The Nokia 3310 was a great phone… in the year 2000.
So, I decided to give the phone a shot. In true #throwback fashion, I used the new Nokia 3310 — and only the Nokia 3310 — for 24 hours.
I used the 3310 when I was in high school, and admittedly, I was one of those millennials who gasped in excited anticipation as I learned about the phone’s re-release. I traded in my smartphones (yes, multiple, because I do write about tech for a living) for my new daily driver.
First hurdle: Assembly. The 3310 comes with a detached battery you have to set up on your own. I am reminded of the many XPress-on covers I used on my old 3310, plus the fact that I never had to do this on any of my 2017 smartphones.
I also had to set up the time and date manually — something I hadn’t needed to do in forever — because the phone doesn’t automatically do that. My contacts, too, were lost for the day because this phone can’t sync to Google Contacts.
The Nokia 3310 doesn’t support Google apps nor is it capable of connecting to Wi-Fi. The only way you can connect to the internet is through cellular data, but only on 2G. For those youngins unacquainted with what 2G is, it was basically the fastest mobile data connection — in the 90s. Since then we’ve evolved to 3G and LTE.
The first hour
It seemed like a good idea at the start, but soon enough, 2017 reality came crashing in. Even before hour one ended (more like 15 minutes after the initial turnover), I realized I wouldn’t have access to social media via my phone throughout the day (like I said, no apps). Facebook is accessible through the phone’s built-in Opera browser but when it loads — if it does at all — it does so at a snail’s pace. My messaging apps were gone, too. I was left with only one inbox and good old text messaging.
All this would’ve been fine (well, okay, not really) except I work on the internet. All of a sudden, I had to bust out my laptop for every work-related thing. Even our team communication that’s done on Slack, a productivity messaging app where all our serious worky-work conversations are done, had to be done on the big screen (which, in this context, is my laptop).
Obviously, editing documents on my phone was out of the question. The good news? I still had a calendar and notes function. More bad news: They didn’t sync with my Google account (again, the 2G and app compatibility issue).
At this point, I’d already spent most of my time on my laptop for things I used to do on smartphones — other than calls and SMS. (I also only got a total of three SMS that day since I’m heavily reliant on my internet-dependent messaging apps.) Alone in the outside world with just the 3310, I was forced to entertain myself with the basics.
My Instagram and selfie game also took a blow. Although equipped with a camera, the 3310’s 2-megapixel image sensor was just ridiculous — basically 10 times fewer pixels than OPPO’s latest selfie smartphone camera.
And even then, there was no way of uploading my shots on Instagram. No Snapchat stories for me that day, either.
The 3310’s alarms were still as reliable as ever but my morning ritual of checking emails, messages, and to-do items on a smartphone was not at all possible.
Driving to the GadgetMatch HQ was a feat in itself without my smartphones.
I am very bad with directions and have never really driven without Waze ever since I discovered the app years back. This is impossible with the 3310, because it doesn’t support such features. And even if the feature phone did support apps, it still doesn’t have GPS built in that allows you to navigate offline on your smartphones. This time around, I had to rely on my own navigation skills and do everything without my usual Spotify playlist.
Hour 24: Finish line!
One good thing about the 3310 was that I did not need to plug in to charge in the last 24 hours. The concept of going the whole day without a powerbank is foreign to most these days but it’s certainly possible with this particular phone. While two-day battery life on a smartphone remains a dream, I see now why phones back in the day lasted so long – they really didn’t do as much, at least by today’s standards.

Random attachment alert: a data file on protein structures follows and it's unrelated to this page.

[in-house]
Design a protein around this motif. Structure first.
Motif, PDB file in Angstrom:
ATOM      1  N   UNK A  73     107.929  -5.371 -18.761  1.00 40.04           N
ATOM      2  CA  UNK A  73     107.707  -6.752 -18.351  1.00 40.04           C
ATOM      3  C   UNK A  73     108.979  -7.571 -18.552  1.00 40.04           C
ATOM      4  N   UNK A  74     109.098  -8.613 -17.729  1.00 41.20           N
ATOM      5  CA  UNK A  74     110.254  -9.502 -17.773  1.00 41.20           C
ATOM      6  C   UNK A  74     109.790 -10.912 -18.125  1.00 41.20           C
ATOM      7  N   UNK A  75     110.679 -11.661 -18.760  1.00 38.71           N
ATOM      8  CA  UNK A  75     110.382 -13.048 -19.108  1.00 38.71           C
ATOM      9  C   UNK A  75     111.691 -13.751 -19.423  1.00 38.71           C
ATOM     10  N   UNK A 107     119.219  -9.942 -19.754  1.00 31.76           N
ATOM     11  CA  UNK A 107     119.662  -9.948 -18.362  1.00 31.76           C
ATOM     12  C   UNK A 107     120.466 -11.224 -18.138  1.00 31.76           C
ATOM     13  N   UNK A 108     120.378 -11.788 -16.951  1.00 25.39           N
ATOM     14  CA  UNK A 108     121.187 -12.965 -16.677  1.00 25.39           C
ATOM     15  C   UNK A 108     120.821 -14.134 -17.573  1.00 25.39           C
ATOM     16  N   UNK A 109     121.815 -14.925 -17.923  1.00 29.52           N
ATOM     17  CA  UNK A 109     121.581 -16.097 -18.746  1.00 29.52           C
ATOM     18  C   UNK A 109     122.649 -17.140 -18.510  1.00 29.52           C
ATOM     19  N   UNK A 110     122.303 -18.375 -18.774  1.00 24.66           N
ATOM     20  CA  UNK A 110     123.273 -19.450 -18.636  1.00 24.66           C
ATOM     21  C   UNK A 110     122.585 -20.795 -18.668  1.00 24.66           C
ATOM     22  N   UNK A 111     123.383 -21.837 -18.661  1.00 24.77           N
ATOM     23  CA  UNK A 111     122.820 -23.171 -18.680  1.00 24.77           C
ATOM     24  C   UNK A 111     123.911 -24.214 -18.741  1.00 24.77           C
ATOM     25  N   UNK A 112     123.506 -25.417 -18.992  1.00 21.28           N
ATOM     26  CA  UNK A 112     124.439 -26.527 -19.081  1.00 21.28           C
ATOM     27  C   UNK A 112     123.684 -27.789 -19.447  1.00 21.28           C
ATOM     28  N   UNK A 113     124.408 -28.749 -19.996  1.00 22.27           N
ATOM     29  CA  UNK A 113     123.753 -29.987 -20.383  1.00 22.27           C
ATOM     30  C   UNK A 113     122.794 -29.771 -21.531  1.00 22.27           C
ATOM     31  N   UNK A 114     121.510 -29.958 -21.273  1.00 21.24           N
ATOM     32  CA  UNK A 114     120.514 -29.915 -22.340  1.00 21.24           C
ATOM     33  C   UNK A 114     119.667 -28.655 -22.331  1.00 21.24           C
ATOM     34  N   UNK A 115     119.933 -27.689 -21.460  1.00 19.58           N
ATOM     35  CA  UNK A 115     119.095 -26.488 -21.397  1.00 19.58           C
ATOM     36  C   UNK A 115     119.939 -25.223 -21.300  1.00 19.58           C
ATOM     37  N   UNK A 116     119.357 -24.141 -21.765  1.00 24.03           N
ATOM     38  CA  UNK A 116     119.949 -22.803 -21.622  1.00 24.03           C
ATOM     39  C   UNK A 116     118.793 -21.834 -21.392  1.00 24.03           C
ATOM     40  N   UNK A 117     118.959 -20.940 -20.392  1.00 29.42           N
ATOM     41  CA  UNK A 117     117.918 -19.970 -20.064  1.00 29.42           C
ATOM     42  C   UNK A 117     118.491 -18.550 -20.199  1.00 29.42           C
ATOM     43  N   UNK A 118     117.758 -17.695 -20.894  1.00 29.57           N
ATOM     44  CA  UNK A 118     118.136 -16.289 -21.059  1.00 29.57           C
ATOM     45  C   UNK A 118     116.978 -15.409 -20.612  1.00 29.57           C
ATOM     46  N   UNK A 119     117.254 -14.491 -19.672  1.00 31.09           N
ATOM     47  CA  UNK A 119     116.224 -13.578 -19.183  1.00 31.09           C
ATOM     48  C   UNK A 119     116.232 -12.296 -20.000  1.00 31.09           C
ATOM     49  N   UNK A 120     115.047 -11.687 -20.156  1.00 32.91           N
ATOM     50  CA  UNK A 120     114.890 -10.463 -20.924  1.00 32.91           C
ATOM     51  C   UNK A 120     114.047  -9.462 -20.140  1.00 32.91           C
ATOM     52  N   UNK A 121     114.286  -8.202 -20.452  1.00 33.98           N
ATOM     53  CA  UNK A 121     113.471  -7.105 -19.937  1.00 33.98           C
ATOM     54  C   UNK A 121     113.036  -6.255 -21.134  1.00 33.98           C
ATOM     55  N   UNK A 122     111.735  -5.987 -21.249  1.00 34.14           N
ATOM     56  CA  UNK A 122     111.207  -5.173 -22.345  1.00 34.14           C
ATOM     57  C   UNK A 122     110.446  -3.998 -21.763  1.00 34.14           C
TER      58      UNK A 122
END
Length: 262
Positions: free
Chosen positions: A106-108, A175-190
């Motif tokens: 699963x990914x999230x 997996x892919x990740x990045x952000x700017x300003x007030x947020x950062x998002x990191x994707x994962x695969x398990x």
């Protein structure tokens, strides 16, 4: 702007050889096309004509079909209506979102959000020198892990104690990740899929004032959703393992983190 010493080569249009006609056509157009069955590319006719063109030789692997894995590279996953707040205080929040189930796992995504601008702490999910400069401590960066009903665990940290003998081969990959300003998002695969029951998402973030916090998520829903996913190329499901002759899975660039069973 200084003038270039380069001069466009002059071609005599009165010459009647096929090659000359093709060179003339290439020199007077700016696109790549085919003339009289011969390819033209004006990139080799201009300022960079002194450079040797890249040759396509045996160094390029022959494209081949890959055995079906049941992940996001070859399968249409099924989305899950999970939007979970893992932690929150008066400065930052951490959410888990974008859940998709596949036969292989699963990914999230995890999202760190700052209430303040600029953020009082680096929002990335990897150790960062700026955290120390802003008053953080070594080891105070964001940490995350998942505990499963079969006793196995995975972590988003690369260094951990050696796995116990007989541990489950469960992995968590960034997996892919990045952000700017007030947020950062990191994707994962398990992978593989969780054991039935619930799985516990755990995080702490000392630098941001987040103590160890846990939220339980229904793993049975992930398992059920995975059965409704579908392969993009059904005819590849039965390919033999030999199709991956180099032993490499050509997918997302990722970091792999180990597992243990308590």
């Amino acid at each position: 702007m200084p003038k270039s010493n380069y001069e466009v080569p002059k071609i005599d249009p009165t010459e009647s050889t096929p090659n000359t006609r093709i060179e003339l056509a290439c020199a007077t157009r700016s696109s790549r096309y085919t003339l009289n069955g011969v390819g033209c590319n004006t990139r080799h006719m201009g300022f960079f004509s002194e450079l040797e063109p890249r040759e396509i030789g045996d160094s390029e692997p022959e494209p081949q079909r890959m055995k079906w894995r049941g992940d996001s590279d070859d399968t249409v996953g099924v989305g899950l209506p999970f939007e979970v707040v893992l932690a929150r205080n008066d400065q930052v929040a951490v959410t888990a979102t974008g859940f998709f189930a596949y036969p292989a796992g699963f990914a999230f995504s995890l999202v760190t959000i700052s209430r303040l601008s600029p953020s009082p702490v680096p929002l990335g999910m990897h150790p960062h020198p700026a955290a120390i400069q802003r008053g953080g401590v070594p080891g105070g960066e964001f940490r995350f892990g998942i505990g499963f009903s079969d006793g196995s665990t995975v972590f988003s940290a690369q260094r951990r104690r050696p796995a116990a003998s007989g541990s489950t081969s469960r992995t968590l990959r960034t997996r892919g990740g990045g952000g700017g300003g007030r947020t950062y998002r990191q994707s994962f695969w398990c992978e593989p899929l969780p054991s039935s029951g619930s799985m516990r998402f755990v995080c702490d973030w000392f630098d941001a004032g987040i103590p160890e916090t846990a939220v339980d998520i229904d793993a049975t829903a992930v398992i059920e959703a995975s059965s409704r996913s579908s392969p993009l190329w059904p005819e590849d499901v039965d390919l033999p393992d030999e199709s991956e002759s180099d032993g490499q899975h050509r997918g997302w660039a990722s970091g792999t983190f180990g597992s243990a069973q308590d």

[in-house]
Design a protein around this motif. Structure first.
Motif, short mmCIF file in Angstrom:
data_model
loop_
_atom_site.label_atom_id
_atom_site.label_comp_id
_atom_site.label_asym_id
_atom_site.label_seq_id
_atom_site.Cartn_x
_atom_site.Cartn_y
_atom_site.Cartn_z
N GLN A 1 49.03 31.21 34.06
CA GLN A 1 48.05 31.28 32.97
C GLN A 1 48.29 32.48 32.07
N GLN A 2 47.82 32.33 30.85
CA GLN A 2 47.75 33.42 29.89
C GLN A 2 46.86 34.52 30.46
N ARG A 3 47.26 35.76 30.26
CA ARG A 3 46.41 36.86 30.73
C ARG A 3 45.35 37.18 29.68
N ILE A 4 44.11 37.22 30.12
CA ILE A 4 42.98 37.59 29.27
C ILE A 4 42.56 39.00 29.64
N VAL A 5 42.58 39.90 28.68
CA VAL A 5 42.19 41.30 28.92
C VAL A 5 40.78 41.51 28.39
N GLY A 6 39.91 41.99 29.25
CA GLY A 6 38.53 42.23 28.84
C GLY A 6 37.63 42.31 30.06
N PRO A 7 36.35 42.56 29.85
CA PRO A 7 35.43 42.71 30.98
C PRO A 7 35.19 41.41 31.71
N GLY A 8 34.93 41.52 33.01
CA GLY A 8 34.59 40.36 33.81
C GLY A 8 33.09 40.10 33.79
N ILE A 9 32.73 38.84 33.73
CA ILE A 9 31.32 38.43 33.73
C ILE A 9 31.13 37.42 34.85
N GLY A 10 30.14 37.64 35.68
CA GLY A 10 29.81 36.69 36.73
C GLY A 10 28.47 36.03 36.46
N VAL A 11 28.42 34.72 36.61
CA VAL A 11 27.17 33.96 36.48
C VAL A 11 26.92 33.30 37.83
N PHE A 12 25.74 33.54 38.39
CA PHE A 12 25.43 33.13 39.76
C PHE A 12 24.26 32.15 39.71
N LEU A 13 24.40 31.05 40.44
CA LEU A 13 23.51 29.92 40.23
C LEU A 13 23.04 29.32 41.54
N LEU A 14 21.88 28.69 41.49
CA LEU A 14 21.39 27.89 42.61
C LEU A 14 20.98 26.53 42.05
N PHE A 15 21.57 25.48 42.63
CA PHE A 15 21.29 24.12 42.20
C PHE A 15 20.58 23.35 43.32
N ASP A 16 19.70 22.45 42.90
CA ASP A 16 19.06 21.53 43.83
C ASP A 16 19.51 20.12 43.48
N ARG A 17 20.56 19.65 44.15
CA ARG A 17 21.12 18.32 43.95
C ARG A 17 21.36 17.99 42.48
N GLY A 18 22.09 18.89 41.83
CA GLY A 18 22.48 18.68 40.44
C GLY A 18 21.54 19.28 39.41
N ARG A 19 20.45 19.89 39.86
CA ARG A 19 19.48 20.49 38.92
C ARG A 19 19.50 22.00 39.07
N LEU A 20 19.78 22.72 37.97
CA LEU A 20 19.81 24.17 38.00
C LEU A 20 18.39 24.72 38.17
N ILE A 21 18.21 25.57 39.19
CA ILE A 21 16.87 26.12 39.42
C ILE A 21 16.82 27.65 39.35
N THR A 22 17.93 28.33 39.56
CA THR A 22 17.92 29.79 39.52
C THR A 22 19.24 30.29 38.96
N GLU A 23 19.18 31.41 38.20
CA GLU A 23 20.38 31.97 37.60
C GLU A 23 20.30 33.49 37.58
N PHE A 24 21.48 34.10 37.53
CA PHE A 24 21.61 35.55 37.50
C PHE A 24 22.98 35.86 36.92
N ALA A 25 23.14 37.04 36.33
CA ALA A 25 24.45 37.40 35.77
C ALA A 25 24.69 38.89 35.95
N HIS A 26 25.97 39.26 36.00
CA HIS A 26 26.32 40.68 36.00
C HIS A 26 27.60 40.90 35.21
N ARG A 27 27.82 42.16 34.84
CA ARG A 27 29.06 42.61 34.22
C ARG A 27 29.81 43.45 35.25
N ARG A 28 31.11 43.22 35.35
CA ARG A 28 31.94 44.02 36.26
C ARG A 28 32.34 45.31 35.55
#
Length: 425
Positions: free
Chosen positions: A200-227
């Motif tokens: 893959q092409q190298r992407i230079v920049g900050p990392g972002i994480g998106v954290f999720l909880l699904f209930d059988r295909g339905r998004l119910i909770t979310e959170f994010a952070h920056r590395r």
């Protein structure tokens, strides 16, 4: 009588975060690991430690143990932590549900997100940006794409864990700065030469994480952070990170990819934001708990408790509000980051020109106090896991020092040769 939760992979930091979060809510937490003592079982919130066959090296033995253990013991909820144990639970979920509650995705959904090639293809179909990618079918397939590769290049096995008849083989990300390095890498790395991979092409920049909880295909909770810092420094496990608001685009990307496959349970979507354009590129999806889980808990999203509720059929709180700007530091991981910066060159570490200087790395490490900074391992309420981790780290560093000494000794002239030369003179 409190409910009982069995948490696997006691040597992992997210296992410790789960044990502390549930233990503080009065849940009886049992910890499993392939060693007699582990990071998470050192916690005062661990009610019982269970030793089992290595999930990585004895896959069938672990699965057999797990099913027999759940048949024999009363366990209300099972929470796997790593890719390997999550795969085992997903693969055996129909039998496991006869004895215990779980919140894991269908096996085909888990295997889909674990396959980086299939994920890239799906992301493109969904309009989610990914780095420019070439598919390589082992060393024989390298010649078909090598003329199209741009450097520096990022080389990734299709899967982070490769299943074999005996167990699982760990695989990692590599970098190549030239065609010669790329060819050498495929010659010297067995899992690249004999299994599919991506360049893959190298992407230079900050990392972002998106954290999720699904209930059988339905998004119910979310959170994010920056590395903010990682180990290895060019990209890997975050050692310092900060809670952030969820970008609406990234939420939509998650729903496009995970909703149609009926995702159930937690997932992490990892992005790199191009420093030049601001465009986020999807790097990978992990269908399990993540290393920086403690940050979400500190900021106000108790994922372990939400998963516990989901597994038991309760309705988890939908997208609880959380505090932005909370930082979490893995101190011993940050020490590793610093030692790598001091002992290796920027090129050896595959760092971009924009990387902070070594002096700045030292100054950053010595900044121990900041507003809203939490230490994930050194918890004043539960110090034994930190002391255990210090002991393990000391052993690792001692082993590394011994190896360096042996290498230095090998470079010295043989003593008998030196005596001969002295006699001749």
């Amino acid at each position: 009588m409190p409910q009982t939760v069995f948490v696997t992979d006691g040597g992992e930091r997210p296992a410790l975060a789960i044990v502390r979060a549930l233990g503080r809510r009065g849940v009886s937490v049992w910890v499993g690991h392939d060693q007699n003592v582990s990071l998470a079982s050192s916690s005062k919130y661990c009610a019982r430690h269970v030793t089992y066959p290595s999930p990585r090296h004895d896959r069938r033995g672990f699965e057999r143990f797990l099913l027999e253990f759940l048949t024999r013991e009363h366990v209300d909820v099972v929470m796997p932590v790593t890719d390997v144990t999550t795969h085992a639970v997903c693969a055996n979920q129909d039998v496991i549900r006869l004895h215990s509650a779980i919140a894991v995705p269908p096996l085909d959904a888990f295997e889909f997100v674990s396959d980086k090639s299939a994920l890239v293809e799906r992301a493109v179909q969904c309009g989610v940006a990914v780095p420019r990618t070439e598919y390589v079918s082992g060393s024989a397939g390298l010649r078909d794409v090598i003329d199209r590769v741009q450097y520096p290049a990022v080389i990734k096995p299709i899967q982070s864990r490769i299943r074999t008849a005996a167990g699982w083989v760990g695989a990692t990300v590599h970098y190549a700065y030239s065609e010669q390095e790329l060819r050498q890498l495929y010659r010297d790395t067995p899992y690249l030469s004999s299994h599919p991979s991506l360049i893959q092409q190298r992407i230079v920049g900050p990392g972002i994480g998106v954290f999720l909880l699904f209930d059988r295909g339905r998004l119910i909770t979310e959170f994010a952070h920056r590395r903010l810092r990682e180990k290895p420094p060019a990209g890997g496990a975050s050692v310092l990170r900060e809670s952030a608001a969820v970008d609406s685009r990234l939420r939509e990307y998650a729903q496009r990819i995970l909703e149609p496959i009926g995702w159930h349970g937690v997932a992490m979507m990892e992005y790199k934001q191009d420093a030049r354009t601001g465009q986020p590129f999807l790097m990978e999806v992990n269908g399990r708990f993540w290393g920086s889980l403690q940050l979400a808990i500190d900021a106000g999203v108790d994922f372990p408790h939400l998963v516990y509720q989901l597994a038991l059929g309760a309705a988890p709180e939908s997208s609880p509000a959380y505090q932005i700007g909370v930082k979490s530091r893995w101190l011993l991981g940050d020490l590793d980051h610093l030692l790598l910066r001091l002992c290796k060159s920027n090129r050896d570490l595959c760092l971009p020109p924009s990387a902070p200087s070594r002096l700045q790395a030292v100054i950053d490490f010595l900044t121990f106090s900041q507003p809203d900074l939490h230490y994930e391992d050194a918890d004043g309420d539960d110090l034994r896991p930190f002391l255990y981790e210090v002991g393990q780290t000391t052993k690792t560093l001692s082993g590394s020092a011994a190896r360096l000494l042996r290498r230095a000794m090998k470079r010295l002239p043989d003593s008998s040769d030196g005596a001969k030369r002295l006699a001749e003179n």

Many things were realized from this experiment: That I’m pretty spoiled by technology, those beauty filters are useless when you’re working with two measly megapixels, and most importantly, that a feature phone in 2017 is pretty fun but mostly unusable. As cute and nostalgic as this phone is, I’m never going back to a 3310.
Now, can I have my smartphones back?
[irp posts=”15899″ name=”Nokia 3310 Unboxing: Special Clear Box?!”]
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Cherry Mobile Flare S7 Plus hands-on: A step-up
The company’s greatest contender
Cherry Mobile recently launched their new Flare S7 series, which is essentially their main smartphone lineup for the year. The greatest offering among the bunch is the Flare S7 Plus, a device with all the specifications and features you’d expect from a 2018 phone.
Since it’s from Cherry Mobile, you’d expect the phone to be cheap, right? Price-wise, it is, but that doesn’t mean it’s just another affordable phone.
Here’s what I got to say about the Flare S7 Plus.
Cherry Mobile has officially joined the notch wagon with a borderless 6.18-inch display. It’s a Full HD+ panel with a 19:9 aspect ratio, and it’s Cherry Mobile’s best display yet.
It’s vibrant and produces vivid colors, but the user interface kind of ruins the beauty of the display. It’s best to download your preferred third-party launcher and customize to your heart’s content.
Unlike with other midrange phones, the Flare S7 Plus’ notch is pretty wide and there’s a reason for it. The phone is equipped with more advanced facial recognition hardware including an IR camera. This ensures higher accuracy, faster unlocking, and even better face detection in low-light.
If you’re not a fan of face unlock, you can always resort to the fingerprint sensor placed on the back of the phone. Based on my usage, the fingerprint reader is faster most of the time than the face unlock. Good thing you have the best of both worlds.
Now that we’re on the back of the phone, let’s talk about another special feature of the Flare S7 Plus. Finally, Cherry Mobile embraces a more elegant design using a glass back and metal frame. I was told that they used Gorilla Glass 3 on both sides, so it won’t scratch easily in your pocket or on the table.